Bioassay-guided Evaluation of Antinociceptive Effect of N-salicyloyltryptamine: A Behavioral and Electrophysiological Approach

Lucindo J Quintans Jr, Davi A Silva, Jullyana S Siqueira, Adriano A S Araújo, Rosana S S Barreto, Leonardo R Bonjardim, Josimari M Desantana, Waldeci De Lucca Jr, Maria F V Souza, Stanley J C Gutierrez, etc.

J Biomed Biotechnol. 2010;2010:230745.

PMID: 20976310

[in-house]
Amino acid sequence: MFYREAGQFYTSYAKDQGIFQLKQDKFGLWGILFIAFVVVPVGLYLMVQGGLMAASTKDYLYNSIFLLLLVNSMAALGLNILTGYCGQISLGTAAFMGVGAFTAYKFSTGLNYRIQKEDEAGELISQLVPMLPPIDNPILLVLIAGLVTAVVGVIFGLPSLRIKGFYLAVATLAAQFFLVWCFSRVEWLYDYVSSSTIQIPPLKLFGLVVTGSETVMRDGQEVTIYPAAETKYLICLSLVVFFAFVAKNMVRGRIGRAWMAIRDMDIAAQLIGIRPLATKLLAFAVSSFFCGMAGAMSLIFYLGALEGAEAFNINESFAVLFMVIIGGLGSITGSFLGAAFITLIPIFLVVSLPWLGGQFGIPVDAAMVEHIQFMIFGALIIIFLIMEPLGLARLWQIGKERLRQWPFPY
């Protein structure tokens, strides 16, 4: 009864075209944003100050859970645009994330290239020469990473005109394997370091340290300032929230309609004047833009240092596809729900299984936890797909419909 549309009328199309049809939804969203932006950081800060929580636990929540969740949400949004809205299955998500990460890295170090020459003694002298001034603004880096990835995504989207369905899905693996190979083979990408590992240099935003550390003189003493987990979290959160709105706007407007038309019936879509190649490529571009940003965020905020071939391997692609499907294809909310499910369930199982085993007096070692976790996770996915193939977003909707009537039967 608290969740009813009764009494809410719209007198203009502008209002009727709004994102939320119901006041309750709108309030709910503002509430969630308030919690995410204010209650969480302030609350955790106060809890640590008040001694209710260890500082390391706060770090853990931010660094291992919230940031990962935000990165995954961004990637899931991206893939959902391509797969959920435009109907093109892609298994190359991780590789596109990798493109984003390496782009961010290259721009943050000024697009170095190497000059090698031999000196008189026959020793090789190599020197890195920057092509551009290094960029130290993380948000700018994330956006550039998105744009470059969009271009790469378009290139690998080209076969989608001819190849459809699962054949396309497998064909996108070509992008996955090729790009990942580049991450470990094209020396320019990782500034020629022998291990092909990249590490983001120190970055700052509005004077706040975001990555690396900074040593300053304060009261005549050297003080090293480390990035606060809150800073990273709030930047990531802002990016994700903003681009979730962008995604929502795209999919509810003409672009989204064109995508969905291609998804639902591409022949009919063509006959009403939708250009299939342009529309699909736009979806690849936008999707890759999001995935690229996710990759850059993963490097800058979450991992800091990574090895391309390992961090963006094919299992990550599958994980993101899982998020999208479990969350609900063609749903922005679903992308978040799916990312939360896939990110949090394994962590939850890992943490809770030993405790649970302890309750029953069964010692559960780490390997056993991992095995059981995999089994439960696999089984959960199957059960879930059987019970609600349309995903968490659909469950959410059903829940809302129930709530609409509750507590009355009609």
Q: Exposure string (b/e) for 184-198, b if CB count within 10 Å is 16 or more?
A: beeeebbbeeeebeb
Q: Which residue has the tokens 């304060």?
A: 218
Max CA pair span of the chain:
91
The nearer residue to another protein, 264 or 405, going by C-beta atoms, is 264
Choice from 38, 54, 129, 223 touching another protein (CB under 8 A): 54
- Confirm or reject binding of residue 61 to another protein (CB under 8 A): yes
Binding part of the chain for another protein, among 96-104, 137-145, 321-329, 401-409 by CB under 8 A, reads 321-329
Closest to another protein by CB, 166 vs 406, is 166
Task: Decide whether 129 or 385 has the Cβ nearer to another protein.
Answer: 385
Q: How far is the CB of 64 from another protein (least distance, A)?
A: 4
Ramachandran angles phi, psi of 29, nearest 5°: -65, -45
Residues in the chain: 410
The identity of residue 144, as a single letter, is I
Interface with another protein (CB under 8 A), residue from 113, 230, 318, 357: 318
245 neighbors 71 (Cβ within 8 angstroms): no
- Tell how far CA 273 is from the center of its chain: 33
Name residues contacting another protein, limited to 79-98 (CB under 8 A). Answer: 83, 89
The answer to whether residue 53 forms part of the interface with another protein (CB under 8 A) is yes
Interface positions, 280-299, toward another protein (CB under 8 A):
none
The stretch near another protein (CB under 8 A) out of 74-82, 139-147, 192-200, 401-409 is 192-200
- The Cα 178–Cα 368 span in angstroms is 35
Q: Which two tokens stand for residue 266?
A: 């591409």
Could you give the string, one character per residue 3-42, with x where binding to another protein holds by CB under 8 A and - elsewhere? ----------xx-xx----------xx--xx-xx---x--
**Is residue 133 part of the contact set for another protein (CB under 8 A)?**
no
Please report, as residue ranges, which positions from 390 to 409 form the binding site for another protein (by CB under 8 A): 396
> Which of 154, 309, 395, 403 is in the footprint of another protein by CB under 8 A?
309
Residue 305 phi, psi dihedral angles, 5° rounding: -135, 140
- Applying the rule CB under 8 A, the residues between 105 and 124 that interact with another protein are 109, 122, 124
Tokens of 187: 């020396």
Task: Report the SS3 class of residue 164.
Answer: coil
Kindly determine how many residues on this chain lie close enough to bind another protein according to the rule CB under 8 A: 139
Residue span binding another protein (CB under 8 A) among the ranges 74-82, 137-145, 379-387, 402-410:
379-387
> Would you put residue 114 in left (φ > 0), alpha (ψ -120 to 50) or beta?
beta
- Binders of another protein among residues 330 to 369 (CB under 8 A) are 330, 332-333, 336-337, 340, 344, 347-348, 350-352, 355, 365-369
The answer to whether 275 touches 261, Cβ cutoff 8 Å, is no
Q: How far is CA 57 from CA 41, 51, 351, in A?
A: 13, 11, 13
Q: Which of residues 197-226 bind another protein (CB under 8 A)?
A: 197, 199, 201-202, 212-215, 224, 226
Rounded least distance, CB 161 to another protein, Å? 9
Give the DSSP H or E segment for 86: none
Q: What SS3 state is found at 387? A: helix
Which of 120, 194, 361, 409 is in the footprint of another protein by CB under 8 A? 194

We investigated the antinociceptive and nerve excitability effects of the N-salicyloyltryptamine (NST) NST-treated mice exhibited a significant decrease in the number of writhes when 100 and 200 mg/kg (i.p.) were administered (i.p.). This effect was not antagonized by naloxone (1.5 mg/kg, i.p.). NST inhibited the licking response of the injected paw when 100 and 200 mg/kg were administered (i.p.) to mice in the first and second phases of the formalin test. Because the antinociceptive effects could be associated with neuronal excitability inhibition, we performed the single sucrose gap technique and showed that NST (3.57 mM) significantly reduced (29.2%) amplitude of the compound action potential (CAP) suggesting a sodium channel effect induced by NST. Our results demonstrated an antinociceptive activity of the NST that could be, at least in part, associated to the reduction of the action potential amplitude. NST might represent an important tool for pain management.

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